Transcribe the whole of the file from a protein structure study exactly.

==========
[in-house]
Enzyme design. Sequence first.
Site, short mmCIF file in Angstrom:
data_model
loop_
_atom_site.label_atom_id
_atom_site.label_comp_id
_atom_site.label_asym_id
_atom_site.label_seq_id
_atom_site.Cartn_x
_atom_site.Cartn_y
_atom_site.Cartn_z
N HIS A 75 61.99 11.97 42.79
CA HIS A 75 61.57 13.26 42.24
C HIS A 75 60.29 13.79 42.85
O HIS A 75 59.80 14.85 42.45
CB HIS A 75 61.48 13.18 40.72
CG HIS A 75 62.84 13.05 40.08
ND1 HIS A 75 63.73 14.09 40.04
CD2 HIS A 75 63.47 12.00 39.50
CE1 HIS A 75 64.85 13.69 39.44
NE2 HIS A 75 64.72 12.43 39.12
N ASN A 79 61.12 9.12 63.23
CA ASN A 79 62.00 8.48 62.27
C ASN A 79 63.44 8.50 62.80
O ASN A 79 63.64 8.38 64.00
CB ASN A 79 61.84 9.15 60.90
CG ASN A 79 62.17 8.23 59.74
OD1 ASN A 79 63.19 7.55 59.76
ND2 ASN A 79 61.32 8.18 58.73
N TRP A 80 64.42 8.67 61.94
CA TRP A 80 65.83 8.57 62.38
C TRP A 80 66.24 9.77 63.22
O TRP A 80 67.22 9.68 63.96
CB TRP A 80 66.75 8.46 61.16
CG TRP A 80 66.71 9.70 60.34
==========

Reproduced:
[in-house]
Enzyme design. Sequence first.
Site, short mmCIF file in Angstrom:
data_model
loop_
_atom_site.label_atom_id
_atom_site.label_comp_id
_atom_site.label_asym_id
_atom_site.label_seq_id
_atom_site.Cartn_x
_atom_site.Cartn_y
_atom_site.Cartn_z
N HIS A 75 61.99 11.97 42.79
CA HIS A 75 61.57 13.26 42.24
C HIS A 75 60.29 13.79 42.85
O HIS A 75 59.80 14.85 42.45
CB HIS A 75 61.48 13.18 40.72
CG HIS A 75 62.84 13.05 40.08
ND1 HIS A 75 63.73 14.09 40.04
CD2 HIS A 75 63.47 12.00 39.50
CE1 HIS A 75 64.85 13.69 39.44
NE2 HIS A 75 64.72 12.43 39.12
N ASN A 79 61.12 9.12 63.23
CA ASN A 79 62.00 8.48 62.27
C ASN A 79 63.44 8.50 62.80
O ASN A 79 63.64 8.38 64.00
CB ASN A 79 61.84 9.15 60.90
CG ASN A 79 62.17 8.23 59.74
OD1 ASN A 79 63.19 7.55 59.76
ND2 ASN A 79 61.32 8.18 58.73
N TRP A 80 64.42 8.67 61.94
CA TRP A 80 65.83 8.57 62.38
C TRP A 80 66.24 9.77 63.22
O TRP A 80 67.22 9.68 63.96
CB TRP A 80 66.75 8.46 61.16
CG TRP A 80 66.71 9.70 60.34